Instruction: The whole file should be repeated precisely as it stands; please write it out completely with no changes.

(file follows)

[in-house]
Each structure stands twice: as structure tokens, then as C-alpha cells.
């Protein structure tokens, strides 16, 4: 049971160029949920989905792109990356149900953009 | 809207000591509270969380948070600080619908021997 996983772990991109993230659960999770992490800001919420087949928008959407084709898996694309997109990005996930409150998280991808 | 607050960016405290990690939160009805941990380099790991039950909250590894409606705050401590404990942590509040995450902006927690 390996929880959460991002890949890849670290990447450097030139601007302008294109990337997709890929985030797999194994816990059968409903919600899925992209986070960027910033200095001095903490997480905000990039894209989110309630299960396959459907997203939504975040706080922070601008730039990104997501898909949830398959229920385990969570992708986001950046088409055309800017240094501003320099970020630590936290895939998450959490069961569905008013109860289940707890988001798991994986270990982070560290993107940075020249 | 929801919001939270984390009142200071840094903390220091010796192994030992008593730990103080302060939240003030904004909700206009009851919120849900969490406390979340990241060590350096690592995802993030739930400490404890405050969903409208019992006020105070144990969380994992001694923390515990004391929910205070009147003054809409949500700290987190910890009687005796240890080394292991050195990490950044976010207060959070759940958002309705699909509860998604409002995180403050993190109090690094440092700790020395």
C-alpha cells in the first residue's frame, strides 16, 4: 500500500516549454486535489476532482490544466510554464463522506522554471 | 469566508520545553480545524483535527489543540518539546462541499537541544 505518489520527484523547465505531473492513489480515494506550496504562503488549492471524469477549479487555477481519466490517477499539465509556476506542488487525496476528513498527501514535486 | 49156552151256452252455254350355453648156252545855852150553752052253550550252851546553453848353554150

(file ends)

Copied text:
[in-house]
Each structure stands twice: as structure tokens, then as C-alpha cells.
């Protein structure tokens, strides 16, 4: 049971160029949920989905792109990356149900953009 | 809207000591509270969380948070600080619908021997 996983772990991109993230659960999770992490800001919420087949928008959407084709898996694309997109990005996930409150998280991808 | 607050960016405290990690939160009805941990380099790991039950909250590894409606705050401590404990942590509040995450902006927690 390996929880959460991002890949890849670290990447450097030139601007302008294109990337997709890929985030797999194994816990059968409903919600899925992209986070960027910033200095001095903490997480905000990039894209989110309630299960396959459907997203939504975040706080922070601008730039990104997501898909949830398959229920385990969570992708986001950046088409055309800017240094501003320099970020630590936290895939998450959490069961569905008013109860289940707890988001798991994986270990982070560290993107940075020249 | 929801919001939270984390009142200071840094903390220091010796192994030992008593730990103080302060939240003030904004909700206009009851919120849900969490406390979340990241060590350096690592995802993030739930400490404890405050969903409208019992006020105070144990969380994992001694923390515990004391929910205070009147003054809409949500700290987190910890009687005796240890080394292991050195990490950044976010207060959070759940958002309705699909509860998604409002995180403050993190109090690094440092700790020395």
C-alpha cells in the first residue's frame, strides 16, 4: 500500500516549454486535489476532482490544466510554464463522506522554471 | 469566508520545553480545524483535527489543540518539546462541499537541544 505518489520527484523547465505531473492513489480515494506550496504562503488549492471524469477549479487555477481519466490517477499539465509556476506542488487525496476528513498527501514535486 | 49156552151256452252455254350355453648156252545855852150553752052253550550252851546553453848353554150